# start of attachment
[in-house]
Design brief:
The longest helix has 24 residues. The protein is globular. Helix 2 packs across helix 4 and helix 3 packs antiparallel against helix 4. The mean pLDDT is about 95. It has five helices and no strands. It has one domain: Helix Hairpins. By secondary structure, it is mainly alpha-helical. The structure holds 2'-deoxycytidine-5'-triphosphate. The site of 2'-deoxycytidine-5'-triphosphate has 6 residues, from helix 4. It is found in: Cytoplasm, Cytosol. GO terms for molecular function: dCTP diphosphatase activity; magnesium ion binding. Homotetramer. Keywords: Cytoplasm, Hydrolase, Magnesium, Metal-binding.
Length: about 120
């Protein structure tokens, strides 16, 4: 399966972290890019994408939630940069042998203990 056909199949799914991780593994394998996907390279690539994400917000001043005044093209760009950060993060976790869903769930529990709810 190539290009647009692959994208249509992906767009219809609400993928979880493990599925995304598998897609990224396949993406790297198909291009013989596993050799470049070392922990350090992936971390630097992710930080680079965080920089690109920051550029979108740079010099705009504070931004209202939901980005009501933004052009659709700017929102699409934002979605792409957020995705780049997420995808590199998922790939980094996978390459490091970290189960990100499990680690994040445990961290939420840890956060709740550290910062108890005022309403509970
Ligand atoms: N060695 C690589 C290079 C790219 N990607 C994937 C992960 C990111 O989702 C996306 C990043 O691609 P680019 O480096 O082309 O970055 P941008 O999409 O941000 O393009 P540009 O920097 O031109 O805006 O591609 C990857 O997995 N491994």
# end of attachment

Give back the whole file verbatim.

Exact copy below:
[in-house]
Design brief:
The longest helix has 24 residues. The protein is globular. Helix 2 packs across helix 4 and helix 3 packs antiparallel against helix 4. The mean pLDDT is about 95. It has five helices and no strands. It has one domain: Helix Hairpins. By secondary structure, it is mainly alpha-helical. The structure holds 2'-deoxycytidine-5'-triphosphate. The site of 2'-deoxycytidine-5'-triphosphate has 6 residues, from helix 4. It is found in: Cytoplasm, Cytosol. GO terms for molecular function: dCTP diphosphatase activity; magnesium ion binding. Homotetramer. Keywords: Cytoplasm, Hydrolase, Magnesium, Metal-binding.
Length: about 120
């Protein structure tokens, strides 16, 4: 399966972290890019994408939630940069042998203990 056909199949799914991780593994394998996907390279690539994400917000001043005044093209760009950060993060976790869903769930529990709810 190539290009647009692959994208249509992906767009219809609400993928979880493990599925995304598998897609990224396949993406790297198909291009013989596993050799470049070392922990350090992936971390630097992710930080680079965080920089690109920051550029979108740079010099705009504070931004209202939901980005009501933004052009659709700017929102699409934002979605792409957020995705780049997420995808590199998922790939980094996978390459490091970290189960990100499990680690994040445990961290939420840890956060709740550290910062108890005022309403509970
Ligand atoms: N060695 C690589 C290079 C790219 N990607 C994937 C992960 C990111 O989702 C996306 C990043 O691609 P680019 O480096 O082309 O970055 P941008 O999409 O941000 O393009 P540009 O920097 O031109 O805006 O591609 C990857 O997995 N491994």